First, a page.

Seems to me, you are just nitpicking visual effects based on what your personal opinions are about what Star Trek should be. The torpedoes don't need to match 100% with anything, this is the first time ever in the history of Star Trek we saw the type of torpedoes a ship from the 30s uses. This is the precedent for what 2230s torpedoes should look like. --Pseudohuman (talk) 20:03, February 26, 2014 (UTC)
- No, you are using scant-to-none evidence to support a claim that is inherently ridiculous. They need to at least match a TEENY bit. But they don't. They only match a single visual effect in one alternate-universe episode of Enterprise, and not even that by anything more that being blue and glowy. Idazmi (talk) 04:08, February 27, 2014 (UTC)
- Policy on this is clear, "sophistication of optical effects...will not affect the validity of a resource" and production sources can be used "to name items...that were seen on-screen but not referred to by name". If anyone can find a "professional, published source" that mentions this "problem" we can include a bg note about it, otherwise we should simply state that the script IDs the bolts as torpedoes. - Archduk3 05:16, February 27, 2014 (UTC)
Just to round this up. We have seen 23rd century starfleet-issue torpedoes look exactly like this before in "In a Mirror Darkly, Part II". We have seen torpedoes used in desperate situations for a similar purpose as point defense in "Star Trek: The Motion Picture" by the Klingons. We have seen torpedoes fired in similar extreme rapid fire bursts in several episodes. We have seen pop-up torpedo launchers before in Deep Space Nine. We have seen photon torpedoes that appear more like they are transparent globes of energy before used by the Klingons in "Star Trek III" and "V" The production designer Scott Chambliss called the Kelvin a big warship. This is the first time in Trek history we have seen what type of torpedoes and launchers Starfleet used in the early 2230s. The script of the film identifies the Kelvin using photons to defend itself from the Narada torpedoes. --Pseudohuman (talk) 07:05, February 27, 2014 (UTC)
- Lets look at your references, shall we? Your text in quotes. ("")
- "We have seen torpedoes used in desperate situations for a similar purpose as point defense in "Star Trek: The Motion Picture" by the Klingons."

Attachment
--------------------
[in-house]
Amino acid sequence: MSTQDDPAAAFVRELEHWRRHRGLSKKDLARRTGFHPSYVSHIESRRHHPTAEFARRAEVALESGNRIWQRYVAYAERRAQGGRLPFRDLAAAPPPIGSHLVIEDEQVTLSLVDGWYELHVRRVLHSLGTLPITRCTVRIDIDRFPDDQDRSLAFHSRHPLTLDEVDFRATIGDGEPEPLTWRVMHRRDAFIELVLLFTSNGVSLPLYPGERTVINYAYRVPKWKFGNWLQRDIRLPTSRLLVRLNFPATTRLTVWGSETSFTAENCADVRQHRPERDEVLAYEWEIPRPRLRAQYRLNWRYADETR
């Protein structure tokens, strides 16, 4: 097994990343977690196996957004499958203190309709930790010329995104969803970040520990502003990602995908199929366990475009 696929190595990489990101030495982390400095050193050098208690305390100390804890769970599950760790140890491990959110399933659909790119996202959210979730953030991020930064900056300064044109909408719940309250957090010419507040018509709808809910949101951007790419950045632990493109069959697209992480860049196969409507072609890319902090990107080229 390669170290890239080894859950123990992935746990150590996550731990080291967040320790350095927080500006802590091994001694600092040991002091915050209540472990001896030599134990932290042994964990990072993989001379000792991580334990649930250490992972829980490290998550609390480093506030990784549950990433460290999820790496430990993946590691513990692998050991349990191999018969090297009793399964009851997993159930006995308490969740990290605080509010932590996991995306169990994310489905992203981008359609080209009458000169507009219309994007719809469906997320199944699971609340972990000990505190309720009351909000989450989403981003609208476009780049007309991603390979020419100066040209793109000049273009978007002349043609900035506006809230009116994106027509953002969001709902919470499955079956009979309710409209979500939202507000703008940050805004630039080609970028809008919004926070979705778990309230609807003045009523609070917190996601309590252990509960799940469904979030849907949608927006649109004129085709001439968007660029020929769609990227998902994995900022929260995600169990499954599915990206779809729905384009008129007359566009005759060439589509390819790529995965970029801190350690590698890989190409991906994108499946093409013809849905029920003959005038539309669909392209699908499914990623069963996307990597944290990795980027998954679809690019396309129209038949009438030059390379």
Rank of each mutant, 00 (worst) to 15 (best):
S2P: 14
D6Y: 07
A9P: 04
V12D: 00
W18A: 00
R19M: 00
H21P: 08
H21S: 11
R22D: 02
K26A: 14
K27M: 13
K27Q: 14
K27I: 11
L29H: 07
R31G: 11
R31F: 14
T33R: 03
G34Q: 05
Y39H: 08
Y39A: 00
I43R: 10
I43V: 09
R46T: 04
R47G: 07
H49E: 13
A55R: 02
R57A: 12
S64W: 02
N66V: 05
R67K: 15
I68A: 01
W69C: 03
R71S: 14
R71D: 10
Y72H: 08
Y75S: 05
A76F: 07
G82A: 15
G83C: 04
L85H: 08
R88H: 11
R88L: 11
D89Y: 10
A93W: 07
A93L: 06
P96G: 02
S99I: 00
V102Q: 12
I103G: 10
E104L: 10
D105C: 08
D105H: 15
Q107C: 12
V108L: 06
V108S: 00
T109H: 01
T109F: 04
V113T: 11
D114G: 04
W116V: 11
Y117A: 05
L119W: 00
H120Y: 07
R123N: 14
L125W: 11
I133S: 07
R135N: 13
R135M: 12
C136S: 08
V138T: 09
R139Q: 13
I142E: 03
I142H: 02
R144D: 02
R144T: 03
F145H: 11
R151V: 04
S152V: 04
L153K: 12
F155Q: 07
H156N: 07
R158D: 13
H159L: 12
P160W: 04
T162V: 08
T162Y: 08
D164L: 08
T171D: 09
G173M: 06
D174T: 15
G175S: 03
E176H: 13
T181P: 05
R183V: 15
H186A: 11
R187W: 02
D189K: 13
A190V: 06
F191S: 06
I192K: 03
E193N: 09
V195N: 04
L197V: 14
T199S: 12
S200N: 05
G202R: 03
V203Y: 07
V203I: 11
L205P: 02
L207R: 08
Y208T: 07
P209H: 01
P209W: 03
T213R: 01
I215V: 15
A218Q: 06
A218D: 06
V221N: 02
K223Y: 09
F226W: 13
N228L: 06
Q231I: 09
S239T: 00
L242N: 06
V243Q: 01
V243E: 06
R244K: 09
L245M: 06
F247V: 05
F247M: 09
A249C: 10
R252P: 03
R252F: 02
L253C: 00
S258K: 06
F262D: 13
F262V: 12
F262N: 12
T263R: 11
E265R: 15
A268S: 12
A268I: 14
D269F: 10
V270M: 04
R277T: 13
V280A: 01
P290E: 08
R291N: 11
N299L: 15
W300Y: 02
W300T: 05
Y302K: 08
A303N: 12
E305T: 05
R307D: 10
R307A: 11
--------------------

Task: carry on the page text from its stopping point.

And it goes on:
- That's one lie. They aren't used like the Kelvin's "torpedoes" at all.
- "We have seen pop-up torpedo launchers before in Deep Space Nine."
- It takes place over a century later on a space station refitted for combat, not a survey ship.
- "We have seen photon torpedoes that appear more like they are transparent globes of energy before used by the Klingons in "Star Trek III" and "V"
- Again, no turrets, no rapid spraying. There is nothing in canon supporting the blue bolts as "photon torpedoes". At all.
- "The production designer Scott Chambliss called the Kelvin a big warship."
- It's a survey vessel unless you can provide a direct quote. Idazmi (talk) 20:05, February 28, 2014 (UTC)
Just because the visual effects are slightly different for something new that hasn't been seen before (2230s Starfleet photon torpedoes in this case) simply is not a good enough reason to disregard the naming of an unnamed object seen on screen from the script. In order to do that, you would need to prove that it cannot under any circumstances possibly be what it supposedly is. And all I have done is provided examples of situations when photon torpedoes have been used/looked like/were rapid-fired in the same way. Memory Alpha has no need for any other "canon support" in a situation when a previously unseen unnamed thing is named in the script. So what if this was some new microtorpedo- or antimatter spread-type version of photon torpedoes. We simply don't speculate on it in MA. That is not what MA is for. --Pseudohuman (talk) 08:50, March 1, 2014 (UTC)
- Antimatter spreads are not Photon Torpedoes, mate, not at all. These are: http://www.youtube.com/watch?feature=player_detailpage&v=YFUVg2y_Kr8#t=18 The big blue things. Not these little blue pulse things: http://www.youtube.com/watch?feature=player_detailpage&v=43wdoWbDmA4#t=41 They are only similar in color: not in function or power at all. They just are NOT photon torpedoes.Idazmi (talk) 06:43, March 2, 2014 (UTC)
I have said all there needs to be said. This discussion seems pointless since you don't appear to comprehend Memory Alpha policy in these matters. As one last note, it simply has always been common for Star Trek that a weapon can have several completely different appearances: spatial charge, plasma cannon, plasma charge, plasma rifle, etc. Thank you for the discussion. I'm sure this is something that is in the minds of many fans of the Kelvin. And if you disagree with MA naming policy, it's completely understandable that you come to different conclusions. MA is not an authority or an official source of information. We simply have our policy for how we deal with and report about canon and reference information. You are free to have your own personal method of dealing with them. We simply try to be consistent here. --Pseudohuman (talk) 08:38, March 2, 2014 (UTC)